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Ad Placement QT53

Posted by on Mar 8, 2018 in Blog, Ethical Issues, Quick Tips, Scholastic Journalism, Teaching | 0 comments

Newspapers used to keep in-depth, front page and opinion pages completely separated from advertising.

The thinking was the advertising and promotion of products should not appear to influence a newspaper’s editorial choices. They wanted to keep their most important pages dedicated to the content they deemed most important.

These self-imposed guidelines have relaxed significantly in recent years. Newspapers include ads on front pages and on in-depth pages, often in prominent places on the outside edges.

Most newspapers do still keep the editorial pages free of advertising in order to keep their editorial content free from explicit or inferred influence.

When students secure advertising for the newspaper, editors must decide where that content will go. In order to maintain the integrity of the most important aspects of your newspaper.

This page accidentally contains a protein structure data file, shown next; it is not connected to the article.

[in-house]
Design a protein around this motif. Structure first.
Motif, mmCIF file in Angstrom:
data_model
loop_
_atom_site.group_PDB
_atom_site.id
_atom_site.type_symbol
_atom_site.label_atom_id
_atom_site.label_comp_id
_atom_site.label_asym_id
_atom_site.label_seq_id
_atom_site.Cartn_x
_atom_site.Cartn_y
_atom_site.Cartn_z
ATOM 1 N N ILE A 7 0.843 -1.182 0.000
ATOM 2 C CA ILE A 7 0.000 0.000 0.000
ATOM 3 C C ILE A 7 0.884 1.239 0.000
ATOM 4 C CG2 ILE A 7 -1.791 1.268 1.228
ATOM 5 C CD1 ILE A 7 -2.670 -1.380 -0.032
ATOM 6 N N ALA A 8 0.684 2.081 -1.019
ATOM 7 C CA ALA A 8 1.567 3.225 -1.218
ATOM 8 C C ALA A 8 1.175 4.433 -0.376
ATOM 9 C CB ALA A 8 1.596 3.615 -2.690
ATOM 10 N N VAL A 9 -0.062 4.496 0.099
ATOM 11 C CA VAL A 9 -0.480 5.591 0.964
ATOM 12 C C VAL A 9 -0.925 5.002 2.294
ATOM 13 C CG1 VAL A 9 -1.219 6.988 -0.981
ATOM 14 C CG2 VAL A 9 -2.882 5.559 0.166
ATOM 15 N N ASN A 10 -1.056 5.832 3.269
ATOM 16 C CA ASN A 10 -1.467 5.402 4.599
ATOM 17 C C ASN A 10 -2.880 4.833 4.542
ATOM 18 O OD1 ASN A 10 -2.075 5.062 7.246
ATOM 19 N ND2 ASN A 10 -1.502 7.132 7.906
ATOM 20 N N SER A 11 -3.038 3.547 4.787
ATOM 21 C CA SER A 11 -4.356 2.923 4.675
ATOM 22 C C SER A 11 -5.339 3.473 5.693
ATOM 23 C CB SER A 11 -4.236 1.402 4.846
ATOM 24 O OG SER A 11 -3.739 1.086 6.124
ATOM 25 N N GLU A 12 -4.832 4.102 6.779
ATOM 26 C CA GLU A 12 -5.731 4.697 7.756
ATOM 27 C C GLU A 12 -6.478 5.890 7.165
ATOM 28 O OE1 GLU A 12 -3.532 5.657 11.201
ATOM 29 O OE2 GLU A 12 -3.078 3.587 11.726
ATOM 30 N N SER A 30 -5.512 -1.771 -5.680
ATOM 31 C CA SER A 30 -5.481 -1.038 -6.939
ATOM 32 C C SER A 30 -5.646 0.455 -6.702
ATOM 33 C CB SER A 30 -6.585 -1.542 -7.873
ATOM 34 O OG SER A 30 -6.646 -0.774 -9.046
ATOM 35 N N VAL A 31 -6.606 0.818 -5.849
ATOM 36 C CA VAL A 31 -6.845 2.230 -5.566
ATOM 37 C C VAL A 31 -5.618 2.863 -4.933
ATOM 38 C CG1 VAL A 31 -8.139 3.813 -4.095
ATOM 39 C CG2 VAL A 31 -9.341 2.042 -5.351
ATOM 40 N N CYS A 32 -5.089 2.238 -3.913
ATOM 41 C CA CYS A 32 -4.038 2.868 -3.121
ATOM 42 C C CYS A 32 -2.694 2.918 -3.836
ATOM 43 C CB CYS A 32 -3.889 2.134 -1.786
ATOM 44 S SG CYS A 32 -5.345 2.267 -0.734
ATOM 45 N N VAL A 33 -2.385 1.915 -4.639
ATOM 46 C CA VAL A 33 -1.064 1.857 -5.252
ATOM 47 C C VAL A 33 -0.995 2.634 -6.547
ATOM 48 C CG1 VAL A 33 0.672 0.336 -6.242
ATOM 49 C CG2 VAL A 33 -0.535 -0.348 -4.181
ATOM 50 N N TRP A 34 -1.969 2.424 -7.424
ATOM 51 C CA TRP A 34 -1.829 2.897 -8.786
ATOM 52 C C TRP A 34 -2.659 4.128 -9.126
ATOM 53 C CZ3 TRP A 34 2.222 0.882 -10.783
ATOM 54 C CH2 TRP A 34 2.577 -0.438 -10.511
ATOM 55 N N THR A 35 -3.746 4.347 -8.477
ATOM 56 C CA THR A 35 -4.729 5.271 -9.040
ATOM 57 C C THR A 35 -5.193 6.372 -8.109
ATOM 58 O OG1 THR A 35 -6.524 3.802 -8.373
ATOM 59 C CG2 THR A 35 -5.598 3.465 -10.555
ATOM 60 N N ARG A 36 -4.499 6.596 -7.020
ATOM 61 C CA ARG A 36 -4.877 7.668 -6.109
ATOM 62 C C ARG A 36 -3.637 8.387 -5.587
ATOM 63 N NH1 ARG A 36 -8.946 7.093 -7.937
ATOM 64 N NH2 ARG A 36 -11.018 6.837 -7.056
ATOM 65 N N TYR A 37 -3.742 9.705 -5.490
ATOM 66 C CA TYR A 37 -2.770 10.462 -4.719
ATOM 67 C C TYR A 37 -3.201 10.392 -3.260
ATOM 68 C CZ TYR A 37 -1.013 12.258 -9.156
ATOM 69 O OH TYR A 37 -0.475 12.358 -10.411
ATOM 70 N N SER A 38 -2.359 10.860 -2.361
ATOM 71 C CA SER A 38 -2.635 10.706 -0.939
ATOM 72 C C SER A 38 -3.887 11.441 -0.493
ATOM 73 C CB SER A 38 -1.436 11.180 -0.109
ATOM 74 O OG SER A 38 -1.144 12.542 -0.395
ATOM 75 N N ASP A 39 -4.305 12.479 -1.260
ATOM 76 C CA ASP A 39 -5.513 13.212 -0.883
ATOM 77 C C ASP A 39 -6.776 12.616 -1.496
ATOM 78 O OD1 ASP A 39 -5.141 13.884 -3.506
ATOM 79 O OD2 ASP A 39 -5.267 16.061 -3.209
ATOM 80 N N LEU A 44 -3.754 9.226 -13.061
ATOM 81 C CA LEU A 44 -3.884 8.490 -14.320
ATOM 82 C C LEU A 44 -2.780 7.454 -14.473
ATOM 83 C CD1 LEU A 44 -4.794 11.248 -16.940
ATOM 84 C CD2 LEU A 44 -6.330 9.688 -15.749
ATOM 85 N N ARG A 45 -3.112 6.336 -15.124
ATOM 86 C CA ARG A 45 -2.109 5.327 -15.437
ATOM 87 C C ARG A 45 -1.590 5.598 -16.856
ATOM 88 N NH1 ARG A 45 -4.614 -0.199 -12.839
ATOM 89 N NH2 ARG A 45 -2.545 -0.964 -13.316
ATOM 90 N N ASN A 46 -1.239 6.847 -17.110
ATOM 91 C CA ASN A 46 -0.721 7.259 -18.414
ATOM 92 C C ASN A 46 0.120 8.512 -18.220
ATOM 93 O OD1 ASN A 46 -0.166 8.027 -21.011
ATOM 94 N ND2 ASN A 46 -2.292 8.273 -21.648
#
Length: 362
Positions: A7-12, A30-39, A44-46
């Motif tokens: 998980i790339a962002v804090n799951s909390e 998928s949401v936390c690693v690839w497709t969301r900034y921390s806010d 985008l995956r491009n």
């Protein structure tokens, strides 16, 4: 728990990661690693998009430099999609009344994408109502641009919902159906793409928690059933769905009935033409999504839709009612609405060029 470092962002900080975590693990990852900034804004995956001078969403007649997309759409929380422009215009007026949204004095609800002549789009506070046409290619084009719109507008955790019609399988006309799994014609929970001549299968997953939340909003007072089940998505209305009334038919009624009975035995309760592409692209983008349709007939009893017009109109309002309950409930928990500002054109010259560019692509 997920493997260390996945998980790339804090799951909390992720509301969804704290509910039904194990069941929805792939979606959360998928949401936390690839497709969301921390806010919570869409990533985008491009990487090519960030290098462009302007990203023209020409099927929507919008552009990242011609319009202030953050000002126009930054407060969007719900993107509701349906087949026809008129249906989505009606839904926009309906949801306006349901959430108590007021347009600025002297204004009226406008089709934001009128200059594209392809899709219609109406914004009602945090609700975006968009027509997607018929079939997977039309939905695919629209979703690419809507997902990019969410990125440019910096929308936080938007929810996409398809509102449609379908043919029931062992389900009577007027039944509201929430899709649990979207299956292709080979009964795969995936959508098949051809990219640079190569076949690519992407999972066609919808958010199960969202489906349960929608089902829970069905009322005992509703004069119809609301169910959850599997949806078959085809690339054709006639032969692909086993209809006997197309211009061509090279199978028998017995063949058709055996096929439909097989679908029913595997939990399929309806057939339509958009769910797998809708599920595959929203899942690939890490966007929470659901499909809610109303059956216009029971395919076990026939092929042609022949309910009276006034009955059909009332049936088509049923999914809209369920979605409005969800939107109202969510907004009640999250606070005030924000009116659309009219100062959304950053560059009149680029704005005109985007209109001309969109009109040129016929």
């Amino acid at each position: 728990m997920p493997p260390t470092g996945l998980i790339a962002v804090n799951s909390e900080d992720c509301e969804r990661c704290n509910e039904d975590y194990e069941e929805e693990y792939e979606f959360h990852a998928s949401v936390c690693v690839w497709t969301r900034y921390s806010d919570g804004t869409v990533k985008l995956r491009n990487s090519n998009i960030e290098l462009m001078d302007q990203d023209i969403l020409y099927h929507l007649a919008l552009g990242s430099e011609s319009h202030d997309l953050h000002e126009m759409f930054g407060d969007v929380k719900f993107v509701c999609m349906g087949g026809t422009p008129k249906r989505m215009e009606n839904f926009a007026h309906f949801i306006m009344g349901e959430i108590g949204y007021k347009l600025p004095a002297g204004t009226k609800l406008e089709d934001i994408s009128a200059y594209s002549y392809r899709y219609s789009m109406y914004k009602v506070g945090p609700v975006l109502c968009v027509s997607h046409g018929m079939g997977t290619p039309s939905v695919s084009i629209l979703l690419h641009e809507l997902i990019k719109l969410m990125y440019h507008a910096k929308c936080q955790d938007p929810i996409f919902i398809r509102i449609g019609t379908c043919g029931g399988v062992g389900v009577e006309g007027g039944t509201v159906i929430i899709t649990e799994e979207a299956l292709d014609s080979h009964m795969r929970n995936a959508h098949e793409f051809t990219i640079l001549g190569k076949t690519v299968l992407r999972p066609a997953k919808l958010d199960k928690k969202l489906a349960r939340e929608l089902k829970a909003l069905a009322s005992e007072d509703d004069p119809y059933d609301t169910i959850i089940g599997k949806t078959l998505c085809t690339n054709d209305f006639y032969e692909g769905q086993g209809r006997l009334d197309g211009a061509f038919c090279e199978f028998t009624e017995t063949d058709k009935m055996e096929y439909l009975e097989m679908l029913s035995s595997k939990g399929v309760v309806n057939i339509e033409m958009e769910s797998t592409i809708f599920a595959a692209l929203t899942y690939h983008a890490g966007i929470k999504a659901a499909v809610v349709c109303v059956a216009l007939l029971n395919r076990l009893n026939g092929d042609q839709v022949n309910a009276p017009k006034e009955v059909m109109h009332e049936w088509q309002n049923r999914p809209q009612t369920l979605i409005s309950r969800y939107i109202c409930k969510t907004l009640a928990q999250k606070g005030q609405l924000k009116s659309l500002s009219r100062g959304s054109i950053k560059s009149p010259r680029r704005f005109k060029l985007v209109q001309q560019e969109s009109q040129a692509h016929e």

They need to make sure their advertising is placed away from editorial pages and in-depth content, but consider carefully what compromises they might make on the front page.

If there is page page advertising, what premium price should get from advertiser(s).


Guideline:

Ads will touch student produced content on the inside pages of the publication with no ads on the editorial or in-depth pages.

Organizations directly competing with each other will be placed on different pages, when possible. Special pricing will be available for ads that run in color on the back page.

Question: Where do we put all of these ads we’re getting?

Stance: Advertising must not show up on editorial pages, in-depth pages or the front page.

Reasoning/suggestions: When students secure advertising for the newspaper, editors must decide where that content will go. In order to maintain the integrity of the most important aspects of the news medium.  Ensure advertising is placed away from editorial pages,  in-depth content and your front page.

If students opt to run ads on the front page, the ad shouldn’t overwhelm the content or appear to be actual news content. This is a longstanding principle with most publications and is meant to avoid the potential for conflicts of interest.

Advertising must be clearly recognizable and differentiated from the most import and highest profile content.

Resources:

Student media guide to advertising law, SPLC

 

 

 

 

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